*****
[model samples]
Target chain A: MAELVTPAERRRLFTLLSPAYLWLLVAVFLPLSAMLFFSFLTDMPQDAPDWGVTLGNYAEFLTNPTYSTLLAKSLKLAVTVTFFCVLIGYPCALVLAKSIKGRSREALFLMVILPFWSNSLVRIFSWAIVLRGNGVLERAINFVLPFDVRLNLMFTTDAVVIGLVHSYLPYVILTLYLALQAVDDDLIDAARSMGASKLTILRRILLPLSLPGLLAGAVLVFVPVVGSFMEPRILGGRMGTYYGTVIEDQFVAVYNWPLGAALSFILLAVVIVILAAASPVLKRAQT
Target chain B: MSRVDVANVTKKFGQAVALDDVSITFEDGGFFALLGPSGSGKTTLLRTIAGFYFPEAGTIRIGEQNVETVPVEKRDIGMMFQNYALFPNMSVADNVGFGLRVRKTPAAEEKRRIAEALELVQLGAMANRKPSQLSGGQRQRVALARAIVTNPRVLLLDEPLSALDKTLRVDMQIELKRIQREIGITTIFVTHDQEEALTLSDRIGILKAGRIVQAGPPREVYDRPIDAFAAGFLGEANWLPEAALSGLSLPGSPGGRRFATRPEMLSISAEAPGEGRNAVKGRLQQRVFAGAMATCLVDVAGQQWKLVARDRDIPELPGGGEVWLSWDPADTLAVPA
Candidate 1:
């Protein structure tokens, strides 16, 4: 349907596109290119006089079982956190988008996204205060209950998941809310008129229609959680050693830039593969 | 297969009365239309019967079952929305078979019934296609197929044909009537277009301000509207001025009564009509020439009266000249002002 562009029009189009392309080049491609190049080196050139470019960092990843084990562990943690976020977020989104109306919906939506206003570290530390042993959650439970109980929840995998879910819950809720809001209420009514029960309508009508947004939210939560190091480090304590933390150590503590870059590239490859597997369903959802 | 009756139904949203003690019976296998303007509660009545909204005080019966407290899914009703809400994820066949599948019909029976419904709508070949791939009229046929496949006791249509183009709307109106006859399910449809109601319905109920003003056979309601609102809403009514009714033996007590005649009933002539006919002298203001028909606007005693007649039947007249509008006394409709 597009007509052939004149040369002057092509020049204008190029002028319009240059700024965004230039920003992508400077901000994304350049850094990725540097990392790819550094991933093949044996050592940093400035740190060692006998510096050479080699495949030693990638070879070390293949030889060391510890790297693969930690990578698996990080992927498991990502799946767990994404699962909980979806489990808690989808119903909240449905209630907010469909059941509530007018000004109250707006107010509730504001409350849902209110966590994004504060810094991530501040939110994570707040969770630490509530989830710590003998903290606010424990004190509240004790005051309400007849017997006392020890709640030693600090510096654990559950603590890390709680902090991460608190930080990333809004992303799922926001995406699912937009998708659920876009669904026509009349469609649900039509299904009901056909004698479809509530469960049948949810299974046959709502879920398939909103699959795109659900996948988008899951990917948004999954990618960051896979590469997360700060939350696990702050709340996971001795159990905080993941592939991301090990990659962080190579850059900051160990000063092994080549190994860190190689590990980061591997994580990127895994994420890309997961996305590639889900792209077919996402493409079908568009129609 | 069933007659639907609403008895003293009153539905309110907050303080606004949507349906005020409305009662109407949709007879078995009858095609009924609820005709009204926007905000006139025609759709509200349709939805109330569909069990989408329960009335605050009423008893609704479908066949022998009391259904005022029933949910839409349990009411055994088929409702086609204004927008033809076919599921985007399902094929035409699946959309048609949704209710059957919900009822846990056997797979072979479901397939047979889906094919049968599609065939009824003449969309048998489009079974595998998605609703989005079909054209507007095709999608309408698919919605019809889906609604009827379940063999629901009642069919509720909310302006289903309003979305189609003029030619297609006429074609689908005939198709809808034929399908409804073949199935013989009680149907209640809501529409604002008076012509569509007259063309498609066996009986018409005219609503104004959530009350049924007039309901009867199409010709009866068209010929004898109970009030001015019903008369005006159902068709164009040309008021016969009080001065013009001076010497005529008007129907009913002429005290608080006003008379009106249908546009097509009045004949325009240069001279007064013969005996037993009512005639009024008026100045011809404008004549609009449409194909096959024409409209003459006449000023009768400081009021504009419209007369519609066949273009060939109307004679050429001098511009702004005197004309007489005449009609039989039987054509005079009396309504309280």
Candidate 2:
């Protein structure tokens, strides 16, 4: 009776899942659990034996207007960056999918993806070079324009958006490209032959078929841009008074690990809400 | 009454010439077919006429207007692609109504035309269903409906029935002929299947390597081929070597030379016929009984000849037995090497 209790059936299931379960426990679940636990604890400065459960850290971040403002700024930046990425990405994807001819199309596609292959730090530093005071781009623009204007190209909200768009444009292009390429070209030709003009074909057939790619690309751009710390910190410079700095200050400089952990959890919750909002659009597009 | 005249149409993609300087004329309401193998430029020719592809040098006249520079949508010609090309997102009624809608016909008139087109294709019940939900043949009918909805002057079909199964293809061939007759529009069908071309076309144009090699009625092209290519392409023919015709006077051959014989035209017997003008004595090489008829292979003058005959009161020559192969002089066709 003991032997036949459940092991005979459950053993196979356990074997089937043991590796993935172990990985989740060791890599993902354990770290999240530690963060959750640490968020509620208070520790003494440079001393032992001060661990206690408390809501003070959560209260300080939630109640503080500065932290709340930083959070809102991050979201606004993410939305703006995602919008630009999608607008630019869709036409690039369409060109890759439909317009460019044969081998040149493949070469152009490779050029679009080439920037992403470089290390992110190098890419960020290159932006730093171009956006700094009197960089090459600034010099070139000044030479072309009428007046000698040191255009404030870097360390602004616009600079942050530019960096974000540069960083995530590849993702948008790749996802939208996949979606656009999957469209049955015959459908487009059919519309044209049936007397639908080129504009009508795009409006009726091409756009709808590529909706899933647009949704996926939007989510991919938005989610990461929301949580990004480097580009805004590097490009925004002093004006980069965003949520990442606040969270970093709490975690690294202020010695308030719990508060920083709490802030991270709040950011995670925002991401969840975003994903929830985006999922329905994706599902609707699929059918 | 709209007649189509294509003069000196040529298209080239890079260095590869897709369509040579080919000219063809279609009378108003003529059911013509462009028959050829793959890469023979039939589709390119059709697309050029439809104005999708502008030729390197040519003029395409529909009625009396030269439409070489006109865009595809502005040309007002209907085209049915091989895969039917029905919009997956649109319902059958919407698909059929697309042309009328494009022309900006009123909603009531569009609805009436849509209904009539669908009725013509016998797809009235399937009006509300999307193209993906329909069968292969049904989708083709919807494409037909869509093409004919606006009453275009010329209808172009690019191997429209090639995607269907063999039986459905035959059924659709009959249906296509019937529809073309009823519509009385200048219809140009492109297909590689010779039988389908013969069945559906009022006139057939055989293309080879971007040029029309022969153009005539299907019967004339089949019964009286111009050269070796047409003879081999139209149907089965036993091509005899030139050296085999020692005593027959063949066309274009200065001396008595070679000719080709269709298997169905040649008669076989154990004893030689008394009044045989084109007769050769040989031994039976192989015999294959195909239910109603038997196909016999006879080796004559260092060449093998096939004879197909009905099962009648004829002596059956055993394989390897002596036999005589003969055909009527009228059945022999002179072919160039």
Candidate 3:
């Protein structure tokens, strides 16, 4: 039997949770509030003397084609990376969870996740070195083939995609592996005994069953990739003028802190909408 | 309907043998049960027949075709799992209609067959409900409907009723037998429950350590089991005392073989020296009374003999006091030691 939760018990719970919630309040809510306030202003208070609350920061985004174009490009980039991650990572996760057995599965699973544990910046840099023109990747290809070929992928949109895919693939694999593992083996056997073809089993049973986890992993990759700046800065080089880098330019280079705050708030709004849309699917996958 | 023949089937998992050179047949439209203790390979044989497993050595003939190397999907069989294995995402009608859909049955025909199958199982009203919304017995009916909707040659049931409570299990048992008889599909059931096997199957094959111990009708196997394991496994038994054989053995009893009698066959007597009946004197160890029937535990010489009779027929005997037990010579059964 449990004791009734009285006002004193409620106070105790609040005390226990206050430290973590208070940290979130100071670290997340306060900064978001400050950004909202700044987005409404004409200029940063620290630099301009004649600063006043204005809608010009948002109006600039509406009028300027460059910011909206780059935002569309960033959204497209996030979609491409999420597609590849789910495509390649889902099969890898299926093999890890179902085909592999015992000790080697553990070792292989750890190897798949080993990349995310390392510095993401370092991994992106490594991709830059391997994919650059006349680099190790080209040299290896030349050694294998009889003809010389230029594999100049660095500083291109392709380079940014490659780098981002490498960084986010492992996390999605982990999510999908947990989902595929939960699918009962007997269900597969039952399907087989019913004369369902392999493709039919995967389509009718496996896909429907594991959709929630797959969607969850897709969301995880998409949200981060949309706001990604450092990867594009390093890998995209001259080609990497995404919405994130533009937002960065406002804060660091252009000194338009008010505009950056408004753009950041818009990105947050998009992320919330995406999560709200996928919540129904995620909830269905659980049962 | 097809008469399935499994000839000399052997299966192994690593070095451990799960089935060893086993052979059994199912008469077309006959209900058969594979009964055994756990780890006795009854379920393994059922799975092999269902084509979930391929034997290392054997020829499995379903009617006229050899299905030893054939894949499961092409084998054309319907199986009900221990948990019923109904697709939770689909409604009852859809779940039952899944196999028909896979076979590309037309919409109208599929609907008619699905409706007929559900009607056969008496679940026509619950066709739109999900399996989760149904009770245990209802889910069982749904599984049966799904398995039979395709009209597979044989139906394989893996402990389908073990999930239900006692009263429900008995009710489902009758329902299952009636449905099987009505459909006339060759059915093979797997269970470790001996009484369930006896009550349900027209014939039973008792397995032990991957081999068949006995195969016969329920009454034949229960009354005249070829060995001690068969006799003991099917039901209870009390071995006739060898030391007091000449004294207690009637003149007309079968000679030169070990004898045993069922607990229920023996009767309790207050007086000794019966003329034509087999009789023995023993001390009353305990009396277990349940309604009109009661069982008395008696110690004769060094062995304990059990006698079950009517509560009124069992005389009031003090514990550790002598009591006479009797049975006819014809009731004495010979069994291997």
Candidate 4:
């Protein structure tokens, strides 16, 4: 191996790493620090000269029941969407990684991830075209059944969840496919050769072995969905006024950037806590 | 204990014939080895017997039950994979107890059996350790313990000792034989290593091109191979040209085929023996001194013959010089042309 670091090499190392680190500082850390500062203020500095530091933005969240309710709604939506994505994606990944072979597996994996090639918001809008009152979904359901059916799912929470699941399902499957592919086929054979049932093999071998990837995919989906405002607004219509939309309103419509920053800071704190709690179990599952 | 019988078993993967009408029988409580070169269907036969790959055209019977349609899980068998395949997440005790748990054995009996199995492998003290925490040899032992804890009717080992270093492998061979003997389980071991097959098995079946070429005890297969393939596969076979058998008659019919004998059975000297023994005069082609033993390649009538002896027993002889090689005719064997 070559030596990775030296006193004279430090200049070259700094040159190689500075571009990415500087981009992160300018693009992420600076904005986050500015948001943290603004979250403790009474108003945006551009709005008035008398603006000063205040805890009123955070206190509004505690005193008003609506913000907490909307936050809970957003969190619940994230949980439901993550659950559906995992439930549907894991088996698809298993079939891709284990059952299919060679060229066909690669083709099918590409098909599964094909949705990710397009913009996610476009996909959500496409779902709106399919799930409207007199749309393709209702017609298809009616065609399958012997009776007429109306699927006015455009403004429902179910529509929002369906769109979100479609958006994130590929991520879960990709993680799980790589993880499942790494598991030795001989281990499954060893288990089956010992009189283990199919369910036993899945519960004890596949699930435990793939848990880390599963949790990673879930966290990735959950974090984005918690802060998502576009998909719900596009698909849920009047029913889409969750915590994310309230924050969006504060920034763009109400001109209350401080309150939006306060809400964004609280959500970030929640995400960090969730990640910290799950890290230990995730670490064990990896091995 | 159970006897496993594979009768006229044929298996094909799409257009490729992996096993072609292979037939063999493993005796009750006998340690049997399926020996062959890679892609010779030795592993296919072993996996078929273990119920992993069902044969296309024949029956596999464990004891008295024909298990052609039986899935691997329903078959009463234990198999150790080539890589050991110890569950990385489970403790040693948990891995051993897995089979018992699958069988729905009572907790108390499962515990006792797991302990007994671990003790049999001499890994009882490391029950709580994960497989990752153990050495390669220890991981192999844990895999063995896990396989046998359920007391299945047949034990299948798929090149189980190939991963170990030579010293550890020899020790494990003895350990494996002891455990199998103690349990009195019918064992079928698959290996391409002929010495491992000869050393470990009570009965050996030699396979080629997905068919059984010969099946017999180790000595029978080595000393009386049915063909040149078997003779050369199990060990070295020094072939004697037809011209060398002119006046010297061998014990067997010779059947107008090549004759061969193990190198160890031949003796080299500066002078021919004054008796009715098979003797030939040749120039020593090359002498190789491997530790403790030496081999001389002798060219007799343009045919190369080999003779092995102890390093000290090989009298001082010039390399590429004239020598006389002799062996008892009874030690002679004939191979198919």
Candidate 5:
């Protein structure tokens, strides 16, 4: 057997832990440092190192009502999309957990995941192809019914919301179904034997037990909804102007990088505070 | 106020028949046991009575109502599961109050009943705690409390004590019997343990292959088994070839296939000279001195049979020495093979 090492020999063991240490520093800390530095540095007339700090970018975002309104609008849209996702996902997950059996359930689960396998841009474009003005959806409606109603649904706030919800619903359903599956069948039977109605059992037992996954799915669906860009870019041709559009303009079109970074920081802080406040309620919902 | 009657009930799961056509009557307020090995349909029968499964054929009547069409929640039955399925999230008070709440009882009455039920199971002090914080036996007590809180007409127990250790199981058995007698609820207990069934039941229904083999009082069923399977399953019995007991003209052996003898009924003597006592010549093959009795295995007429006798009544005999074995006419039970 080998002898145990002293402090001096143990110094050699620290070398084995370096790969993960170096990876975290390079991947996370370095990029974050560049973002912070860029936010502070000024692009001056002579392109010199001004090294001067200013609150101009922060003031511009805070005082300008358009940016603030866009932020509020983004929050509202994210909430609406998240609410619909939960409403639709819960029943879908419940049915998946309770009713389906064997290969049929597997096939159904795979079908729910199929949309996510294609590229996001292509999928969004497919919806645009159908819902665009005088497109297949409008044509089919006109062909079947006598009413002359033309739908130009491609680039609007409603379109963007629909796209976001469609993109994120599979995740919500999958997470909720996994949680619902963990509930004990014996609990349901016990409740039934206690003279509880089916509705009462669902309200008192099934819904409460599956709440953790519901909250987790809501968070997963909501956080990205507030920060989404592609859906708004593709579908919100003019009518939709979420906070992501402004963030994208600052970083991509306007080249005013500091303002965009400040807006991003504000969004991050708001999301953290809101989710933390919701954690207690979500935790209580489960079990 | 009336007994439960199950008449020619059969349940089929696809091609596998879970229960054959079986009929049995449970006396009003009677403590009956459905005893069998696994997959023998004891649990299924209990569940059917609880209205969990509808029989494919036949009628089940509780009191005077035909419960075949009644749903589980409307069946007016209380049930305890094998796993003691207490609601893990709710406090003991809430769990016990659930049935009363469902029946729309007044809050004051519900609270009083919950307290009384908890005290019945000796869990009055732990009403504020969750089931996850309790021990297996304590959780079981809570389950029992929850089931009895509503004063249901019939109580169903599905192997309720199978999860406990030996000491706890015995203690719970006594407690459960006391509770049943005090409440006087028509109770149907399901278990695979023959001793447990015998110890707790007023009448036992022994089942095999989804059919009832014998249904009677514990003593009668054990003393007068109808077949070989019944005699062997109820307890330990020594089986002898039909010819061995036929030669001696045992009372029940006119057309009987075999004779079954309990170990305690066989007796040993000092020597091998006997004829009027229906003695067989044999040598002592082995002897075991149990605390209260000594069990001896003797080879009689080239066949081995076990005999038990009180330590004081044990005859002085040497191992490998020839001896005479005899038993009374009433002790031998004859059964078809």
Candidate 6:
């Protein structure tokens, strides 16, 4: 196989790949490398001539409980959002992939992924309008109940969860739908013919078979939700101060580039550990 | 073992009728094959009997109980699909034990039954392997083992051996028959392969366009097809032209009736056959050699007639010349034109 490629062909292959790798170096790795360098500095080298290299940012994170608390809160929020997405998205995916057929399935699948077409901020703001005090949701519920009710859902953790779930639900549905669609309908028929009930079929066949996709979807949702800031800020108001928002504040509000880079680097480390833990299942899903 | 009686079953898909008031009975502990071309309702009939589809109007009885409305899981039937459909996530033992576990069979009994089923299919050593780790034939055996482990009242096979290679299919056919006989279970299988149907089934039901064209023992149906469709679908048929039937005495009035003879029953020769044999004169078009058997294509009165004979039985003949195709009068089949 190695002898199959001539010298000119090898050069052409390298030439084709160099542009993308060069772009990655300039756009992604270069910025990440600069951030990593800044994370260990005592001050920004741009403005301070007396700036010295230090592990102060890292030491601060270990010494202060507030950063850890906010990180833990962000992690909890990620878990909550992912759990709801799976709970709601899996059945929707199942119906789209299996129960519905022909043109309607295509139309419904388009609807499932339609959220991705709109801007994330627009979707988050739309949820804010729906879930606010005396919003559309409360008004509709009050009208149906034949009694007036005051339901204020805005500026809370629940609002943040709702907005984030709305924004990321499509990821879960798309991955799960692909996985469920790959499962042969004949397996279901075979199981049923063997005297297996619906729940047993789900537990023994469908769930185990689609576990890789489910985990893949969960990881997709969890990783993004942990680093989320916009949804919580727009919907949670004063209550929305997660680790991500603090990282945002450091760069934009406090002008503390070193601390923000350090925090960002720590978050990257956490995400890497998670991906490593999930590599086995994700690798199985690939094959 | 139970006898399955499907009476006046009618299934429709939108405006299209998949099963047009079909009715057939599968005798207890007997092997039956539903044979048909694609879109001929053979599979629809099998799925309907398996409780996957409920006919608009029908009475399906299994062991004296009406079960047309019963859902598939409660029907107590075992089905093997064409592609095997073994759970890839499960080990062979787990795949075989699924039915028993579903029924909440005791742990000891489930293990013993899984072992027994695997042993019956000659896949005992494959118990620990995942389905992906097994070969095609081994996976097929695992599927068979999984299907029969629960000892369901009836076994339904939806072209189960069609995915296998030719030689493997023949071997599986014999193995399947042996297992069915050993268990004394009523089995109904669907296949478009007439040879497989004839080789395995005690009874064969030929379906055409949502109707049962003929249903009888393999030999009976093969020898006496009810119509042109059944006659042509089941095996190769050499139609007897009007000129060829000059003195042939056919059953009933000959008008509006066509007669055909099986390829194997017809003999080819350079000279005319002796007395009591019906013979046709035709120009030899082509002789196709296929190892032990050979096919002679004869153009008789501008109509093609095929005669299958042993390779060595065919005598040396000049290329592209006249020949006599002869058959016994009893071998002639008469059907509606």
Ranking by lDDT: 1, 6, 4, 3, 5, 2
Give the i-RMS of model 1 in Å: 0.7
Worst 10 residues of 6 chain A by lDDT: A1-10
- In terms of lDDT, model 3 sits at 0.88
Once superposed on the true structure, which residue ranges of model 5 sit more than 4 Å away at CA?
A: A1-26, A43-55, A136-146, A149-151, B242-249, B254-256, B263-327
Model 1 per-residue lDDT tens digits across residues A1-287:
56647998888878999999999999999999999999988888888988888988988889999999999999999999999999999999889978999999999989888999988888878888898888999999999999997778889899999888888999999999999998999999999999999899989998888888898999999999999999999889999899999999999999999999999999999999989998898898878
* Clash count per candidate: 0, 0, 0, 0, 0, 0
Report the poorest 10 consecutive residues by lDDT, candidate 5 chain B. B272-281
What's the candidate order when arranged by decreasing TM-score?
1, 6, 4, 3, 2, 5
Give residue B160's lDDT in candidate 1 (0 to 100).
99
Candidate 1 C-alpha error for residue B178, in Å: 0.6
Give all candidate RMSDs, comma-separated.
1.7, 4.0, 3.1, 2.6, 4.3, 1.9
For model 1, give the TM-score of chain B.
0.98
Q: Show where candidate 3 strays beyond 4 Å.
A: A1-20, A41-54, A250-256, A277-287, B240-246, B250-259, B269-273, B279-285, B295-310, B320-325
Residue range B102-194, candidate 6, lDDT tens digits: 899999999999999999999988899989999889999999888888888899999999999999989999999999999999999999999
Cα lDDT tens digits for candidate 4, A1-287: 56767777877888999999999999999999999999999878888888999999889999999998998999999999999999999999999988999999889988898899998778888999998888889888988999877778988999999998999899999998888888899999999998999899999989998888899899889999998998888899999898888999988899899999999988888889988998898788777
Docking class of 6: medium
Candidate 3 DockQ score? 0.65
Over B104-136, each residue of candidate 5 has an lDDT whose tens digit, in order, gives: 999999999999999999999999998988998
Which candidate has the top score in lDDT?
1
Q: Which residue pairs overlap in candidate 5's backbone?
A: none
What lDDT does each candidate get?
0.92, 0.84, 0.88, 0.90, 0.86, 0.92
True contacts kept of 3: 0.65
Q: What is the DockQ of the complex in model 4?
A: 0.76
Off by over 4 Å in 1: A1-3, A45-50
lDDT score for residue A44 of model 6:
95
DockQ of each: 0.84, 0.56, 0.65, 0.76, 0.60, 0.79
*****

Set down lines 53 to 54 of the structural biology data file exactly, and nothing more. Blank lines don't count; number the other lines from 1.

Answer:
95
DockQ of each: 0.84, 0.56, 0.65, 0.76, 0.60, 0.79